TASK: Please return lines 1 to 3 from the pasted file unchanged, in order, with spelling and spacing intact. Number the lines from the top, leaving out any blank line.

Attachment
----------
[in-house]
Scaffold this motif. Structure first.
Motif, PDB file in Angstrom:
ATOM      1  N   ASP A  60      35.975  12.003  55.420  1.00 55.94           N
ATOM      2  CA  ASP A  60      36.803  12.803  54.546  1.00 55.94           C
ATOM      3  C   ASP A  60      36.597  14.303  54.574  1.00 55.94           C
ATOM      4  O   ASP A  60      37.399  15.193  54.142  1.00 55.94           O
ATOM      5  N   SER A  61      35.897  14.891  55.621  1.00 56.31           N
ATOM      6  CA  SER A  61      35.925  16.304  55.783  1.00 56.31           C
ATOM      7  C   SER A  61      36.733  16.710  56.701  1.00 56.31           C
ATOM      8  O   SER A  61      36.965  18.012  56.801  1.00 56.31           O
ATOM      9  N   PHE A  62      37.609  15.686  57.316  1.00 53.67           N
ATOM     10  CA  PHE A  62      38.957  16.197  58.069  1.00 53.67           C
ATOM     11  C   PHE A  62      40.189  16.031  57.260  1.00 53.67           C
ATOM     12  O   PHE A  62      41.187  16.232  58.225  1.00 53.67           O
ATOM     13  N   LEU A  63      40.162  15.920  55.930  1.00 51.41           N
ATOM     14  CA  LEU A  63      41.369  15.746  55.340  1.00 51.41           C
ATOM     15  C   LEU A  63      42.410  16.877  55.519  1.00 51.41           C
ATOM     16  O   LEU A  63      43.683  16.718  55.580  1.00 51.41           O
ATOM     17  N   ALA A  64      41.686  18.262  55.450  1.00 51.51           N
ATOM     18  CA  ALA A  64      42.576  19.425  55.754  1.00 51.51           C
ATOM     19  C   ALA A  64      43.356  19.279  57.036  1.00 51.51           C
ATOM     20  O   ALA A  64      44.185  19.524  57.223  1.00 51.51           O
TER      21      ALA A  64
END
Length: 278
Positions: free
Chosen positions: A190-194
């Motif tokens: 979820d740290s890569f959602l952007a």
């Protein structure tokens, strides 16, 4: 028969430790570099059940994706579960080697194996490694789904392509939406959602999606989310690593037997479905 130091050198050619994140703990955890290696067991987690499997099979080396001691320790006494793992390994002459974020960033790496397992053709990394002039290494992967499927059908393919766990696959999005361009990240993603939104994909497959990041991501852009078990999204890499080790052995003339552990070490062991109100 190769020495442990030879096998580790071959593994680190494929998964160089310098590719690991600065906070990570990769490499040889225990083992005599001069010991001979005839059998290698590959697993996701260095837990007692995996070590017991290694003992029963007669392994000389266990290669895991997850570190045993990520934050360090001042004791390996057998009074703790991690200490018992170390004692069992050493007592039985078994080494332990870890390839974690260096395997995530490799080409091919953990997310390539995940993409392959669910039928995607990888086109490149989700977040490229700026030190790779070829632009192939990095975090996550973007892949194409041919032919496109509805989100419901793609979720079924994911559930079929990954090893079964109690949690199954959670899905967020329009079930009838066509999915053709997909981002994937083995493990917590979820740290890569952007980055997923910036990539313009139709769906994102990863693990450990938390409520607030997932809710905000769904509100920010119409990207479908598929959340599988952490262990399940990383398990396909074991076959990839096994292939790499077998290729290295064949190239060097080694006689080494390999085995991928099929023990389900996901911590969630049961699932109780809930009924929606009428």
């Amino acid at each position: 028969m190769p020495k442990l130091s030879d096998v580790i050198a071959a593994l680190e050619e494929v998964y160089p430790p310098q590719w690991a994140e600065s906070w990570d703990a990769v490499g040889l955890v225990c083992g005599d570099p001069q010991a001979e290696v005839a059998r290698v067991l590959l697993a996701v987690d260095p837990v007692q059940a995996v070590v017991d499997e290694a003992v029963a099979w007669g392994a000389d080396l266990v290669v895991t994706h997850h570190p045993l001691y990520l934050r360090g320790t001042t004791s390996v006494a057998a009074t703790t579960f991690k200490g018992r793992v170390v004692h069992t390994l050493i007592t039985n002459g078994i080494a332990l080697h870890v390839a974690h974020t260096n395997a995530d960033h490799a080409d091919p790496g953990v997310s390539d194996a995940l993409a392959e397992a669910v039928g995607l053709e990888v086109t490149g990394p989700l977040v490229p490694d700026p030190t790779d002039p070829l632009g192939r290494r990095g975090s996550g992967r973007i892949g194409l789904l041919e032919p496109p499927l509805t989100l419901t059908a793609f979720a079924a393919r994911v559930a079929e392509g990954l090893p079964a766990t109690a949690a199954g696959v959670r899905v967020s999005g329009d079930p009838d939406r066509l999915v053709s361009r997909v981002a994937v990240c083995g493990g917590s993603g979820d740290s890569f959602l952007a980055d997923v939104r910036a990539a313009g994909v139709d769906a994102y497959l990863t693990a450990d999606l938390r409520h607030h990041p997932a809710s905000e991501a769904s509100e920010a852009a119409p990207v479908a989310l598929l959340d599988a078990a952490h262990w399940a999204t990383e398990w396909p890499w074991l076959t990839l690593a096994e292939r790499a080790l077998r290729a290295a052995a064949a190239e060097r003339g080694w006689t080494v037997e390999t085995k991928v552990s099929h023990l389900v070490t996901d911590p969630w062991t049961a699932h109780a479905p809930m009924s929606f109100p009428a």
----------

[in-house]
Scaffold this motif. Structure first.
Motif, PDB file in Angstrom: